Exploration in the Canadian Arctic
François Cartier and Guislaine Lemay, McCord Museum
Exploration of the Arctic has been a facet of Canadian history from the arrival of the first Europeans in North America until today. The main motivation behind European expeditions to this terra incognita, this "world unfinished by the hand of its Creator," is to seek a navigable passage from the Atlantic to the Pacific. The country that discovers this route will have direct access to the wealth of the Orient.
So exploration is driven by economic reasons, but also a desire for prestige. The search for the famous Northwest Passage in the 19th century mobilizes more and more resources. The British admiralty, in particular, sends several missions, and the English public develops a passion for the adventures of its Arctic navigators. Whether because of their exploits or because of their failures -- and in some cases, disastrous fates -- many explorers become the stuff of legend: Frobisher, Baffin, Hudson, Ross, Franklin, Back and, lastly, the Norwegian Roald Amundsen, the first to conquer the Northwest Passage.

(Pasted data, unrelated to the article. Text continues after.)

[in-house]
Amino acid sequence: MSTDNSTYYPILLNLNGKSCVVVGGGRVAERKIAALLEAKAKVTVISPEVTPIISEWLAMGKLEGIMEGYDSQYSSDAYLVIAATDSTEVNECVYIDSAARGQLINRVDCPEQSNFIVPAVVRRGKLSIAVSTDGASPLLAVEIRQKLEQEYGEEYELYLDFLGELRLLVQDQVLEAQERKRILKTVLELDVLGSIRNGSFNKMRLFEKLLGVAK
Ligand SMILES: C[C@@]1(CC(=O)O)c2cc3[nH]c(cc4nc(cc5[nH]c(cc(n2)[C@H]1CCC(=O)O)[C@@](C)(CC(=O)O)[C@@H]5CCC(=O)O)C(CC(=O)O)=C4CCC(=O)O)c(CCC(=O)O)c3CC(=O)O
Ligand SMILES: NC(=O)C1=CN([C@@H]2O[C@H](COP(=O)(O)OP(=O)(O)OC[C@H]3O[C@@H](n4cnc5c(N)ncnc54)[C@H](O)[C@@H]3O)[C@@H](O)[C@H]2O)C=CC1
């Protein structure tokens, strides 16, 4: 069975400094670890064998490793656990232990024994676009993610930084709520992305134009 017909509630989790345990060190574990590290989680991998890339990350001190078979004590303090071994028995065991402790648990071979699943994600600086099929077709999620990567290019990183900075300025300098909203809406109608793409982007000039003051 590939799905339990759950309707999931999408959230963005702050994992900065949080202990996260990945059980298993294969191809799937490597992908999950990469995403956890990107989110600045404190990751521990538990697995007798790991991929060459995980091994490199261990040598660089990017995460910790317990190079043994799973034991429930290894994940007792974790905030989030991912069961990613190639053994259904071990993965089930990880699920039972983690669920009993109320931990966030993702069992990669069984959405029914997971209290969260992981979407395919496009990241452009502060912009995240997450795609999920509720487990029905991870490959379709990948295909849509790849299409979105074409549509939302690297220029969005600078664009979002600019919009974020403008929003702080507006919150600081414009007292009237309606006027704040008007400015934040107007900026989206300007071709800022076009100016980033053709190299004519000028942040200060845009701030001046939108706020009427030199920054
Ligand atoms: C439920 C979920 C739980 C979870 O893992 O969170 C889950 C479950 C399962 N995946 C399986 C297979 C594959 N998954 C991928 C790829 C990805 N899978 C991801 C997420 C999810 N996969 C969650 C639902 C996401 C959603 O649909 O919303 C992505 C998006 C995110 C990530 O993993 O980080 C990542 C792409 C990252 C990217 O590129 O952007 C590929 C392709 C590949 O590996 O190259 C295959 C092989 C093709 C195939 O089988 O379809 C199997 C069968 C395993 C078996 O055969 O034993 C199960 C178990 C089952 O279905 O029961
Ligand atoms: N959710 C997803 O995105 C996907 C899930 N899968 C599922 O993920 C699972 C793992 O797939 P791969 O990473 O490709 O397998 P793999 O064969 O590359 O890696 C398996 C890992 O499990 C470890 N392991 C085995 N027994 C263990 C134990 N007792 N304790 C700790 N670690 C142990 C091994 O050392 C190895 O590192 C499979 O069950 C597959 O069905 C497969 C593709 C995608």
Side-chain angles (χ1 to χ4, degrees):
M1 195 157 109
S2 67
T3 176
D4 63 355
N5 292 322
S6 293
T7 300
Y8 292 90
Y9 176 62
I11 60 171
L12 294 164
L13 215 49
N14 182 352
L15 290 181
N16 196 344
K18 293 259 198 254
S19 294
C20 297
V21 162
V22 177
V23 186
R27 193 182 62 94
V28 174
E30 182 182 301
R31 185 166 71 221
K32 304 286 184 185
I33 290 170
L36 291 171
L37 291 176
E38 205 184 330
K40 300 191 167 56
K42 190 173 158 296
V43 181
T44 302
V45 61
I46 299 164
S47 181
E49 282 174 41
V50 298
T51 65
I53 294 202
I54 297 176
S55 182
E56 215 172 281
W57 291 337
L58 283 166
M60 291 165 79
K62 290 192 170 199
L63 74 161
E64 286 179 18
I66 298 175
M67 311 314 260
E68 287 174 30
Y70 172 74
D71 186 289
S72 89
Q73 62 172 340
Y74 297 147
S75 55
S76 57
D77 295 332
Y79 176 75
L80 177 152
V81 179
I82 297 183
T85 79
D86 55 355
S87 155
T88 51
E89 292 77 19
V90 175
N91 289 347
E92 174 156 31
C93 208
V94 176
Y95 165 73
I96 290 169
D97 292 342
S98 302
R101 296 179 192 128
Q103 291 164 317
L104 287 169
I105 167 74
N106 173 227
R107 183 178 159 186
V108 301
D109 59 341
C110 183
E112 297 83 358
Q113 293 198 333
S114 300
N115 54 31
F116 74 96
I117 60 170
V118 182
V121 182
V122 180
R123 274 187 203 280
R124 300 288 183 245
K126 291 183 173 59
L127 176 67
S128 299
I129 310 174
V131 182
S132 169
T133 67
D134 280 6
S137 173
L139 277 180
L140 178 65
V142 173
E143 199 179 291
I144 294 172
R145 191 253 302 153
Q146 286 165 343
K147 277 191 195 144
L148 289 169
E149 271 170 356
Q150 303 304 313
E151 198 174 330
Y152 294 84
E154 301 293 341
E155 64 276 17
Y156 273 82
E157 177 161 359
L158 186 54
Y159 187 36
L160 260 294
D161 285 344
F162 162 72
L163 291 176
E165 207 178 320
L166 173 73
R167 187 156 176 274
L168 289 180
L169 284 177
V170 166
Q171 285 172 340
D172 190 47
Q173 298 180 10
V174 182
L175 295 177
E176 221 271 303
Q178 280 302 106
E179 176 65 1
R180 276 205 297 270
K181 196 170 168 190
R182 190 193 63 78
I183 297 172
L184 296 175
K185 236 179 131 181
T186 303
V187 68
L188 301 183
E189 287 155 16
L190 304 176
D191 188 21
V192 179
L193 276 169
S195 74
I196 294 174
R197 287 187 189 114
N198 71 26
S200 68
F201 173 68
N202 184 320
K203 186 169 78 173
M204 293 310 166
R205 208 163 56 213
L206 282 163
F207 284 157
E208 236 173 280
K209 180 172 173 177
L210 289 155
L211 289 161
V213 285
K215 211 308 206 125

There is an obvious connection between the Arctic missions and the fur trade in the Canadian West. The explorers clearly benefit from the help of firms like the Hudson's Bay Company, which supply goods and provisions, or bold crews familiar with the territory.
Although the Northwest Passage is still not a commercial shipping route, even today, efforts made over the years to find a way through have given us detailed maps of these isolated regions of the globe, information on its flora and fauna, knowledge of its natural resources, and contacts with the peoples who have been living in those hostile landscapes for centuries and have learned to survive there. In the history of the discovery of Canada, the Arctic is one of the last regions to yield its secrets to the white man.